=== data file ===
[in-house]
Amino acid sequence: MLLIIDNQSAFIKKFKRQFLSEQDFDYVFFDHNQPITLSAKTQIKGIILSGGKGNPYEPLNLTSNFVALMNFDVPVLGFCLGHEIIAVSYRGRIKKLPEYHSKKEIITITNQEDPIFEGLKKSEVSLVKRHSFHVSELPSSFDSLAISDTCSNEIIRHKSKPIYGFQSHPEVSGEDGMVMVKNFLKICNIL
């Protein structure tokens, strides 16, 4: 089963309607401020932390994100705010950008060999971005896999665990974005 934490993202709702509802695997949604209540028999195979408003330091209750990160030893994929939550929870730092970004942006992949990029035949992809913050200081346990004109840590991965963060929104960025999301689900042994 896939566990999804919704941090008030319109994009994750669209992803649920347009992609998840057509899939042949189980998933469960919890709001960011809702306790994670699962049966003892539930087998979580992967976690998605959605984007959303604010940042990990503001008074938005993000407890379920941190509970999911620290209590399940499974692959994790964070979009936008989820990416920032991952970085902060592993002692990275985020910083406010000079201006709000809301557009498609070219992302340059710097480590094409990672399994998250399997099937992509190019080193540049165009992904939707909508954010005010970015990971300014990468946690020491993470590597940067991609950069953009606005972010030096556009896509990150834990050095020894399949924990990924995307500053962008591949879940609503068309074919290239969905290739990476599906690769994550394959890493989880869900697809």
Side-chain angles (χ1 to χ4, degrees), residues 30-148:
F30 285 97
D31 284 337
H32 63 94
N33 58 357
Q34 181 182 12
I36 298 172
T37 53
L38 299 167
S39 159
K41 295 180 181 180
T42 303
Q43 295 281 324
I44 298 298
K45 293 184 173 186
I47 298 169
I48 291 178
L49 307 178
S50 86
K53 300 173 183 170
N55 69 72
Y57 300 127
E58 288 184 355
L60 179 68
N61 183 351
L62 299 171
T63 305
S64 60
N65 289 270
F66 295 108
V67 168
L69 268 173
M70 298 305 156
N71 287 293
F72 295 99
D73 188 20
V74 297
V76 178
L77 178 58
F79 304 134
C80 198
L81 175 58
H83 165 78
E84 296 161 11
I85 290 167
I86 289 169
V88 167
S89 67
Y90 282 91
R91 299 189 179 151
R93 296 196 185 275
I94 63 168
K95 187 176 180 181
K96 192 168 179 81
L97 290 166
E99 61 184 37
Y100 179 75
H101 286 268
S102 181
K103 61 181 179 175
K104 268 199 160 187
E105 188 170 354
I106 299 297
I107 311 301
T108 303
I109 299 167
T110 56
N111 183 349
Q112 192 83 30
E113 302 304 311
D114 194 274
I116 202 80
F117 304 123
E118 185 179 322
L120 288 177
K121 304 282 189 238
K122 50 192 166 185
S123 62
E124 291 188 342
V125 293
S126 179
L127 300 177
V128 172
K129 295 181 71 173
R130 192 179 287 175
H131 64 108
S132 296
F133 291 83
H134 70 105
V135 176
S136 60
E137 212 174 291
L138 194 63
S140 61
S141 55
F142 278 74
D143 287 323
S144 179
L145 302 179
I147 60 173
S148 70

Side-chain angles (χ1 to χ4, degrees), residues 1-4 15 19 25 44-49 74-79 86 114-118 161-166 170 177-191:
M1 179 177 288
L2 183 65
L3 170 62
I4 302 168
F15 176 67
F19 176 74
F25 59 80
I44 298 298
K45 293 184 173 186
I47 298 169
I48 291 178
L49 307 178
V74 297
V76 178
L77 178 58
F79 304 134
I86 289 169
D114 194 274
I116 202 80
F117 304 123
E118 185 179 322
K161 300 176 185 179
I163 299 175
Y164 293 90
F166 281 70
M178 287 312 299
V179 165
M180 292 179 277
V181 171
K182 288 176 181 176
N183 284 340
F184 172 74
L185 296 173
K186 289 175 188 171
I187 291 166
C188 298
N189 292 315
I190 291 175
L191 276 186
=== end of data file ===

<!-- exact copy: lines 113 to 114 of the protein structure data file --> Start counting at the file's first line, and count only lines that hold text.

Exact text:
I44 298 298
K45 293 184 173 186